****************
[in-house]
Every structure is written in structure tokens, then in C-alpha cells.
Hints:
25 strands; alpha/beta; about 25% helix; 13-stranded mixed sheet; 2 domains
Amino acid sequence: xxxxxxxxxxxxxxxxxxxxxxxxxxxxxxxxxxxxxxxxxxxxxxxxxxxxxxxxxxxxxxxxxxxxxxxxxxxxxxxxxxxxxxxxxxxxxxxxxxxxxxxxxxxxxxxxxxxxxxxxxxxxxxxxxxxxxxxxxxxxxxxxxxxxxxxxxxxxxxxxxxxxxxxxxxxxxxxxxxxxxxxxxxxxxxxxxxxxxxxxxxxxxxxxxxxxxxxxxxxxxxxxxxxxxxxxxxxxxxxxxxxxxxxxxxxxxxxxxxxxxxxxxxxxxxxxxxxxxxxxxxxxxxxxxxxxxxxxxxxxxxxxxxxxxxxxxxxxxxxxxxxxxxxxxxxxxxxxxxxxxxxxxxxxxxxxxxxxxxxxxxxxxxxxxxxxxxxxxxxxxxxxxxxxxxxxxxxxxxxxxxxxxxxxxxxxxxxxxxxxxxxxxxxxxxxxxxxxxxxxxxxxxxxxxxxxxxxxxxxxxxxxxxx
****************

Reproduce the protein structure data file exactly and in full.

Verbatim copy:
[in-house]
Every structure is written in structure tokens, then in C-alpha cells.
Hints:
25 strands; alpha/beta; about 25% helix; 13-stranded mixed sheet; 2 domains
Amino acid sequence: xxxxxxxxxxxxxxxxxxxxxxxxxxxxxxxxxxxxxxxxxxxxxxxxxxxxxxxxxxxxxxxxxxxxxxxxxxxxxxxxxxxxxxxxxxxxxxxxxxxxxxxxxxxxxxxxxxxxxxxxxxxxxxxxxxxxxxxxxxxxxxxxxxxxxxxxxxxxxxxxxxxxxxxxxxxxxxxxxxxxxxxxxxxxxxxxxxxxxxxxxxxxxxxxxxxxxxxxxxxxxxxxxxxxxxxxxxxxxxxxxxxxxxxxxxxxxxxxxxxxxxxxxxxxxxxxxxxxxxxxxxxxxxxxxxxxxxxxxxxxxxxxxxxxxxxxxxxxxxxxxxxxxxxxxxxxxxxxxxxxxxxxxxxxxxxxxxxxxxxxxxxxxxxxxxxxxxxxxxxxxxxxxxxxxxxxxxxxxxxxxxxxxxxxxxxxxxxxxxxxxxxxxxxxxxxxxxxxxxxxxxxxxxxxxxxxxxxxxxxxxxxxxxx